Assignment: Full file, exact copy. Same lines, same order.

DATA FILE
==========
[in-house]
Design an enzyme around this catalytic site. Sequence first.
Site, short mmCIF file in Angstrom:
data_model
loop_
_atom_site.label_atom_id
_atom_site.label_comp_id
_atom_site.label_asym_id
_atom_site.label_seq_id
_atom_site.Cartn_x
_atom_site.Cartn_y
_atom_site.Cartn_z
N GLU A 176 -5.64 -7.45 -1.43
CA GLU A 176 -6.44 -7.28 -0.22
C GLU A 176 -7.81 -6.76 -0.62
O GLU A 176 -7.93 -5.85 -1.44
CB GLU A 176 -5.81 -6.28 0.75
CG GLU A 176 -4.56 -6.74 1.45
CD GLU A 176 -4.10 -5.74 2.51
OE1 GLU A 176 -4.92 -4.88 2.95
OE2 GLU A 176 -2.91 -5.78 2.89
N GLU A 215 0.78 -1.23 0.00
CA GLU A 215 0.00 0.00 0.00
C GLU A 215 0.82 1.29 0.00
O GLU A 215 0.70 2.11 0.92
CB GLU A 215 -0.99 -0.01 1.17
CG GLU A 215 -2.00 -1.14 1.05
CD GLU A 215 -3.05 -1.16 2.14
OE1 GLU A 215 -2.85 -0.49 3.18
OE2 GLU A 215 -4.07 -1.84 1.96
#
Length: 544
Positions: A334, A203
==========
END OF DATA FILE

[in-house]
Design an enzyme around this catalytic site. Sequence first.
Site, short mmCIF file in Angstrom:
data_model
loop_
_atom_site.label_atom_id
_atom_site.label_comp_id
_atom_site.label_asym_id
_atom_site.label_seq_id
_atom_site.Cartn_x
_atom_site.Cartn_y
_atom_site.Cartn_z
N GLU A 176 -5.64 -7.45 -1.43
CA GLU A 176 -6.44 -7.28 -0.22
C GLU A 176 -7.81 -6.76 -0.62
O GLU A 176 -7.93 -5.85 -1.44
CB GLU A 176 -5.81 -6.28 0.75
CG GLU A 176 -4.56 -6.74 1.45
CD GLU A 176 -4.10 -5.74 2.51
OE1 GLU A 176 -4.92 -4.88 2.95
OE2 GLU A 176 -2.91 -5.78 2.89
N GLU A 215 0.78 -1.23 0.00
CA GLU A 215 0.00 0.00 0.00
C GLU A 215 0.82 1.29 0.00
O GLU A 215 0.70 2.11 0.92
CB GLU A 215 -0.99 -0.01 1.17
CG GLU A 215 -2.00 -1.14 1.05
CD GLU A 215 -3.05 -1.16 2.14
OE1 GLU A 215 -2.85 -0.49 3.18
OE2 GLU A 215 -4.07 -1.84 1.96
#
Length: 544
Positions: A334, A203